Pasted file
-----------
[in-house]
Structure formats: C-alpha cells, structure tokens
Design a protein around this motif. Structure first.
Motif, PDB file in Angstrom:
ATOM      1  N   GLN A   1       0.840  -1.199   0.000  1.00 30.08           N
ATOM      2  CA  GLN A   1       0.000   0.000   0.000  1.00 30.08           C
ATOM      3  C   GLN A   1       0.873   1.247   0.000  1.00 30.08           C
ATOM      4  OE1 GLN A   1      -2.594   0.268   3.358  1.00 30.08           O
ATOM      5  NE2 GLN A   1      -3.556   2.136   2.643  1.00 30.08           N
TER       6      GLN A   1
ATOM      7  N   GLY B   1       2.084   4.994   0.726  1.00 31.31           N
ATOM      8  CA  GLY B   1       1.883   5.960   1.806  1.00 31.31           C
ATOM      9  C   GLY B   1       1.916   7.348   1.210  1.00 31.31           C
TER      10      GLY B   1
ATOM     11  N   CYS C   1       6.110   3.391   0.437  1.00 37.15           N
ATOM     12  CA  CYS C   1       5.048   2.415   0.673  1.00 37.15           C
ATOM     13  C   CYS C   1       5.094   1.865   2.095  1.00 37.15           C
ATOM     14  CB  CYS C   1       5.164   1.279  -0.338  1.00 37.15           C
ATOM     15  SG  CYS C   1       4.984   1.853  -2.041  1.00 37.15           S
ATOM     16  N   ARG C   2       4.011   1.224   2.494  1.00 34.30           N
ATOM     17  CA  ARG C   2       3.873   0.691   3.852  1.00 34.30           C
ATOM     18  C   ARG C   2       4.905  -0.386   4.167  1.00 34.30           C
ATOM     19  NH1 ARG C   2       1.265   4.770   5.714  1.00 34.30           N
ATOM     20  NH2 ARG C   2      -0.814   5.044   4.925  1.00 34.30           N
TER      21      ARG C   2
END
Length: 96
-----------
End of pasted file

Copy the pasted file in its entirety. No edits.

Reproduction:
[in-house]
Structure formats: C-alpha cells, structure tokens
Design a protein around this motif. Structure first.
Motif, PDB file in Angstrom:
ATOM      1  N   GLN A   1       0.840  -1.199   0.000  1.00 30.08           N
ATOM      2  CA  GLN A   1       0.000   0.000   0.000  1.00 30.08           C
ATOM      3  C   GLN A   1       0.873   1.247   0.000  1.00 30.08           C
ATOM      4  OE1 GLN A   1      -2.594   0.268   3.358  1.00 30.08           O
ATOM      5  NE2 GLN A   1      -3.556   2.136   2.643  1.00 30.08           N
TER       6      GLN A   1
ATOM      7  N   GLY B   1       2.084   4.994   0.726  1.00 31.31           N
ATOM      8  CA  GLY B   1       1.883   5.960   1.806  1.00 31.31           C
ATOM      9  C   GLY B   1       1.916   7.348   1.210  1.00 31.31           C
TER      10      GLY B   1
ATOM     11  N   CYS C   1       6.110   3.391   0.437  1.00 37.15           N
ATOM     12  CA  CYS C   1       5.048   2.415   0.673  1.00 37.15           C
ATOM     13  C   CYS C   1       5.094   1.865   2.095  1.00 37.15           C
ATOM     14  CB  CYS C   1       5.164   1.279  -0.338  1.00 37.15           C
ATOM     15  SG  CYS C   1       4.984   1.853  -2.041  1.00 37.15           S
ATOM     16  N   ARG C   2       4.011   1.224   2.494  1.00 34.30           N
ATOM     17  CA  ARG C   2       3.873   0.691   3.852  1.00 34.30           C
ATOM     18  C   ARG C   2       4.905  -0.386   4.167  1.00 34.30           C
ATOM     19  NH1 ARG C   2       1.265   4.770   5.714  1.00 34.30           N
ATOM     20  NH2 ARG C   2      -0.814   5.044   4.925  1.00 34.30           N
TER      21      ARG C   2
END
Length: 96